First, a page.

Creating the Chrysalis

Chrysalis after completion

The completed Chrysalis amphitheater in Merriweather Park at Symphony Woods in Columbia, Maryland. (Click for a higher-resolution version.) Image © 2017 Frank Hecker; available under the terms of the Creative Commons Attribution 4.0 International License.

April 22, 2017 marked the official opening of the Chrysalis amphitheater, the first element of the Inner Arbor plan to be constructed as part of the planned Merriweather Park at Symphony Woods in Columbia, Maryland. The series “Creating the Chrysalis”

  • explains in detail the design and construction of the Chrysalis amphitheater in layperson’s terms;
  • highlights the various organizations on the “Chrysalis team” and the parts each of them have played or are playing in its creation.
  • describes the place of the Chrysalis amphitheater within the plan for Merriweather Park at Symphony Woods and the overall history of Symphony Woods itself; and
  • includes and provides context for more visual material relating to the Chrysalis, including detailed renderings, excerpts from engineering drawings, and photographs of construction and fabrication.

“Creating the Chrysalis” includes the following articles:

  1. Symphony Woods: The history of Symphony Woods and the various attempts over the years to develop it as a park.
  2. Vision and strategy: The initial vision for a new park in Symphony Woods and the strategy to implement that vision, as developed from the initial Inner Arbor concept plan to the current county-approved plan for Merriweather Park at Symphony Woods.
  3. Politics and process: The various institutional activities related to implementation of the Inner Arbor plan, with a focus on the Columbia Association, the Inner Arbor Trust, and the Howard County government, including its planning process.
  4. Design: The overall form of the Chrysalis and how that design came to be.
  5. Theater: The theatrical functions of the Chrysalis, including the stage, sound system, theatrical lighting, and “back of house” functions.
  6. Shell structure: The steel framework supporting the Chrysalis skin and the theatrical equipment.
  7. Shell skin: The skin forming the external surface of the Chrysalis.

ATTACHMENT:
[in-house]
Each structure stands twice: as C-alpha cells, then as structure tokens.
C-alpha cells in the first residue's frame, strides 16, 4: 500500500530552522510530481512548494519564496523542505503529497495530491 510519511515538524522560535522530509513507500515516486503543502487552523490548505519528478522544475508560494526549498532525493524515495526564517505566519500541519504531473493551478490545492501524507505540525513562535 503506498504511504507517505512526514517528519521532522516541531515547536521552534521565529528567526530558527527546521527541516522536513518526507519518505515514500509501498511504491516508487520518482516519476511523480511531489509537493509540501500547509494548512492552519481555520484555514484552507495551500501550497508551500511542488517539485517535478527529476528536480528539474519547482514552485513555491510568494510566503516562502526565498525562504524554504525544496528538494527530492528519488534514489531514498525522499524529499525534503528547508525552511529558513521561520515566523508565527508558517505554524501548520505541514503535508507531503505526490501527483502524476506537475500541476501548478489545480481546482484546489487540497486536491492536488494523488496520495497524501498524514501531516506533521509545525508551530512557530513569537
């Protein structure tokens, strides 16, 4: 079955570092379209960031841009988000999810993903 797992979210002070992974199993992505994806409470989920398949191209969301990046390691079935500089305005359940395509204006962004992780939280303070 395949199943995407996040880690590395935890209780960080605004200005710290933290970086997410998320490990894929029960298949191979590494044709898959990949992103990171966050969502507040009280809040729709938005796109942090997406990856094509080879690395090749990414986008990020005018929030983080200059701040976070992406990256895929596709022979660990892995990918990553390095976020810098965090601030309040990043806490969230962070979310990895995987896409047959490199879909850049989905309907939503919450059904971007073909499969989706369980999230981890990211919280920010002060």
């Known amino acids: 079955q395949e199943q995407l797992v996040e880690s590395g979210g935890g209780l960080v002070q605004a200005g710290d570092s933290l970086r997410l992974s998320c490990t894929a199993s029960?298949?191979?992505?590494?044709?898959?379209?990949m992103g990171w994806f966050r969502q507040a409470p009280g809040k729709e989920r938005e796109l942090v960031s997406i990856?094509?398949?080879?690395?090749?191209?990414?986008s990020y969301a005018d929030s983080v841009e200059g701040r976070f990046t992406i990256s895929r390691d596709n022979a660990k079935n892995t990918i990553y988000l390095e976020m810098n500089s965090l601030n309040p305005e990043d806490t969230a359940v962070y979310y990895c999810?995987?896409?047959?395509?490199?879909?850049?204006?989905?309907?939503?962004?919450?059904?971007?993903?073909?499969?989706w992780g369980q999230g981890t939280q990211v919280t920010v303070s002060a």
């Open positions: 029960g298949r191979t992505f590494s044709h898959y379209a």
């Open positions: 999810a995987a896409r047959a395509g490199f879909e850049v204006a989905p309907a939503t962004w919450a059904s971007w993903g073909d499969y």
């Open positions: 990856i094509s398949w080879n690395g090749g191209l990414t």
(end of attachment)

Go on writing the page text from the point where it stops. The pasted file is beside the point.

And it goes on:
8. Subfloor: The structural concrete foundation/basement or “subfloor” of the Chrysalis, and related construction.
  9. Details, details: The final details of the Chrysalis and its surroundings.
  10. Attracting the public: How the Chrysalis and other features of Merriweather Park at Symphony Woods will accomodate the general public and attract visitors.
  11. What comes next: Future features of Merriweather Park at Symphony Woods, including the Butterfly, the Merriground, the Picnic Table, the Caterpillar, and the Merriweather Horns.
  12. Timeline: A detailed timeline, with references, of the events and activities from the creation of Symphony Woods through the public opening of the Chrysalis amphitheater.

This series is based on material published by the Inner Arbor Trust and others, as well as on my previous blog posts about the Inner Arbor plan and its various features. Any opinions expressed are solely mine as an individual and do not necessarily represent the views of the Inner Arbor Trust, its contractors and partners, or any other person or organization.

All materials created by me for this series are available for use by others under the terms of the Creative Commons Attribution 4.0 International License. For photographs and other images, include a standard photo credit. For textual material beyond the scope of fair use, use a notice similar to the following:

This work contains material from “Creating the Chrysalis” by Frank Hecker, originally published at and released under the Creative Commons Attribution 4.0 International License.

For further exploration

For more of my opinions on and explanations of various aspects of the Chrysalis and Merriweather Park at Symphony Woods, see the Inner Arbor-related posts in the series “The Inner Arbor plan takes shape” and elsewhere on this blog. (Note that some of these posts contain outdated information relating to park features that were later dropped or revised.)